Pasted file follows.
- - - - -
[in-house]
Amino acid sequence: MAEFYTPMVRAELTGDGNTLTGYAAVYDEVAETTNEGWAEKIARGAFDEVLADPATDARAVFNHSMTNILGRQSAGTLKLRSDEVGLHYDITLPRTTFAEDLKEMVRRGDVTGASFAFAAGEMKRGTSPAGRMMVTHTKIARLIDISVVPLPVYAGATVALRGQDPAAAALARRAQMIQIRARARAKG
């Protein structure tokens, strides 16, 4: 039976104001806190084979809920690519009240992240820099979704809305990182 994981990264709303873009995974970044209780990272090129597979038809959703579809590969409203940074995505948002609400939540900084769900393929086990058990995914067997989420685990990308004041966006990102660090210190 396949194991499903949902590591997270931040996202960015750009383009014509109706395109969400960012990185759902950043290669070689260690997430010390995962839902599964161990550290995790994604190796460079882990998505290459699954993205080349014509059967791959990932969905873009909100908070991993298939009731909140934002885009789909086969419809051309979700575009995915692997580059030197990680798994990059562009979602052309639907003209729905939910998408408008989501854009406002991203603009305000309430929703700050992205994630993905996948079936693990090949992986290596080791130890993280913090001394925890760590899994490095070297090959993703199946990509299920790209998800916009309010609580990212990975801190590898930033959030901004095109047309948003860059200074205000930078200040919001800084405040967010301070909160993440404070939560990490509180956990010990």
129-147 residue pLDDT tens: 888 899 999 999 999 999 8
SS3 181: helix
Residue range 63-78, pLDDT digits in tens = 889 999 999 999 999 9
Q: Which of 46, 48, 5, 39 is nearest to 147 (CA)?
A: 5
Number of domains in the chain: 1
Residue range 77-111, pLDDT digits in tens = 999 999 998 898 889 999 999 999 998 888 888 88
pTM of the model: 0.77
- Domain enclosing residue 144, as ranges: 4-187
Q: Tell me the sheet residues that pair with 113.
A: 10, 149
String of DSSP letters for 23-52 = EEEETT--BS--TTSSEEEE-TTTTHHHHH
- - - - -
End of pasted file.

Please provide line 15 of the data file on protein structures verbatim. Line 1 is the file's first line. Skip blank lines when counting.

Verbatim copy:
String of DSSP letters for 23-52 = EEEETT--BS--TTSSEEEE-TTTTHHHHH